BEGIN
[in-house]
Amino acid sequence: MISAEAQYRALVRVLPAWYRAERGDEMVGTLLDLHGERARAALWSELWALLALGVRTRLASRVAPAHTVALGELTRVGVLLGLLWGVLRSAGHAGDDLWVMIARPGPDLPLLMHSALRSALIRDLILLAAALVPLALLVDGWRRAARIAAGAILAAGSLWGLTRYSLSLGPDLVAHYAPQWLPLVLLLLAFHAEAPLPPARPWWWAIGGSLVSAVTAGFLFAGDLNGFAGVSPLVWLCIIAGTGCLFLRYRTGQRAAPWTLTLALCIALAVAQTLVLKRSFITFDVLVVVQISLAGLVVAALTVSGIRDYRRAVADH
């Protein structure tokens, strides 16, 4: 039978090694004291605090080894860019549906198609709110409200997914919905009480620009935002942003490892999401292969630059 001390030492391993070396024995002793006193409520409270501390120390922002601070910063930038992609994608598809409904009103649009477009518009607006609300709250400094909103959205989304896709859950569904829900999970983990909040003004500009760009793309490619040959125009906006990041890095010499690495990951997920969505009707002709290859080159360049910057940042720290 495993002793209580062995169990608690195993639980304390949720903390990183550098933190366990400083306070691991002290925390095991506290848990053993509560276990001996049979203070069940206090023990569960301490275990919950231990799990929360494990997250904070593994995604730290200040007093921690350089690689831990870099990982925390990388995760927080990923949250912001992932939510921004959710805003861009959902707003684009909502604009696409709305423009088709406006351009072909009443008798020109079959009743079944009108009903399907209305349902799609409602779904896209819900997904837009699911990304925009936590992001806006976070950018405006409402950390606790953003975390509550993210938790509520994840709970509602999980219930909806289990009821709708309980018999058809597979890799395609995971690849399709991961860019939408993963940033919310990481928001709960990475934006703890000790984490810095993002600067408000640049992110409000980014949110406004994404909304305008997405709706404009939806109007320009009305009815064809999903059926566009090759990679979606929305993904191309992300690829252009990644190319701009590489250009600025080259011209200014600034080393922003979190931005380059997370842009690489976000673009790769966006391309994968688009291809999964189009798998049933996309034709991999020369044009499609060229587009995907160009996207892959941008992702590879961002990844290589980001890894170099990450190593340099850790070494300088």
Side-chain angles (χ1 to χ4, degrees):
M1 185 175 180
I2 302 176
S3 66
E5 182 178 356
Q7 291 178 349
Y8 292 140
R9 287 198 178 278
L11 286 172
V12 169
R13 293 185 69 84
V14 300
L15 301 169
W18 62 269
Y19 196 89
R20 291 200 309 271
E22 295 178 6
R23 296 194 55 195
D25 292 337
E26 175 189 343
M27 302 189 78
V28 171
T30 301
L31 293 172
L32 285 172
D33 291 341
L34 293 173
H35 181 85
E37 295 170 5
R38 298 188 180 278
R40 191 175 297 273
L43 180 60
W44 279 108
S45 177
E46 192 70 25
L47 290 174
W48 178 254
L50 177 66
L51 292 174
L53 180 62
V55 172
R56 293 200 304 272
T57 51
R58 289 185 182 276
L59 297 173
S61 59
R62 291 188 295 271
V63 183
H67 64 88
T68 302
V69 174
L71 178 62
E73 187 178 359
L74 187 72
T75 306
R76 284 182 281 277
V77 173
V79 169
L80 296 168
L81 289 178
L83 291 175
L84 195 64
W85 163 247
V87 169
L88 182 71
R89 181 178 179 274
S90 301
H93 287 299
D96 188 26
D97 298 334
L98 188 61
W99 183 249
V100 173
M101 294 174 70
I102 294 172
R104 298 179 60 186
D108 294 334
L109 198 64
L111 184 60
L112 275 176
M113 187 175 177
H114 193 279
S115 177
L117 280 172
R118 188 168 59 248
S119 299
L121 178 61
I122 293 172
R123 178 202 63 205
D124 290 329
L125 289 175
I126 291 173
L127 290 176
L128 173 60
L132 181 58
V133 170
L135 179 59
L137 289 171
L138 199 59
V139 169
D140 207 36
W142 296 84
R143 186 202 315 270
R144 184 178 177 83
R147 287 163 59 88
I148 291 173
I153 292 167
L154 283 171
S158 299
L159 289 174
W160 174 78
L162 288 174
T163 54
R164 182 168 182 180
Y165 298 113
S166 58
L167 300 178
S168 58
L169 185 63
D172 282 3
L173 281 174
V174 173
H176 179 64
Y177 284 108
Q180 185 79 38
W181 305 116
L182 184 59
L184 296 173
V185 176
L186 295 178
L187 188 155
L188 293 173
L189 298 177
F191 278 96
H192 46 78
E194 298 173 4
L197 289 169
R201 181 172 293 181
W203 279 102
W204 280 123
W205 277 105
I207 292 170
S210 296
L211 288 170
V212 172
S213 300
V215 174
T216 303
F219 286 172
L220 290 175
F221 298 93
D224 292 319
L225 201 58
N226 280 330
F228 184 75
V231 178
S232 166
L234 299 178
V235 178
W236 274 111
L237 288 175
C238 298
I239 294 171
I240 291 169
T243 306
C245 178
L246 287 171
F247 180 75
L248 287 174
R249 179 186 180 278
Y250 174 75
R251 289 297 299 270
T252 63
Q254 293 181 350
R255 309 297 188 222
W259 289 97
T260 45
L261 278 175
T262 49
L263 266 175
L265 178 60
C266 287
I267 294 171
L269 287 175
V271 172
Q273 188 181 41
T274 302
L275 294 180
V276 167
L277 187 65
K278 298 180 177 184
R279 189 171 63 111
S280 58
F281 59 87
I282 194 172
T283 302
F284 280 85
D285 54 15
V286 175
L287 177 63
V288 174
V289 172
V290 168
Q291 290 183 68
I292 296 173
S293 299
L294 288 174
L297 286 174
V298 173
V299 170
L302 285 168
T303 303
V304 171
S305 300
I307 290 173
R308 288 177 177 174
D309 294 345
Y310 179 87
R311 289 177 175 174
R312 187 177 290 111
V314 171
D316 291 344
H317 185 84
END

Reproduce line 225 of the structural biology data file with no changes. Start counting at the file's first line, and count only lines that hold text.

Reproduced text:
D316 291 344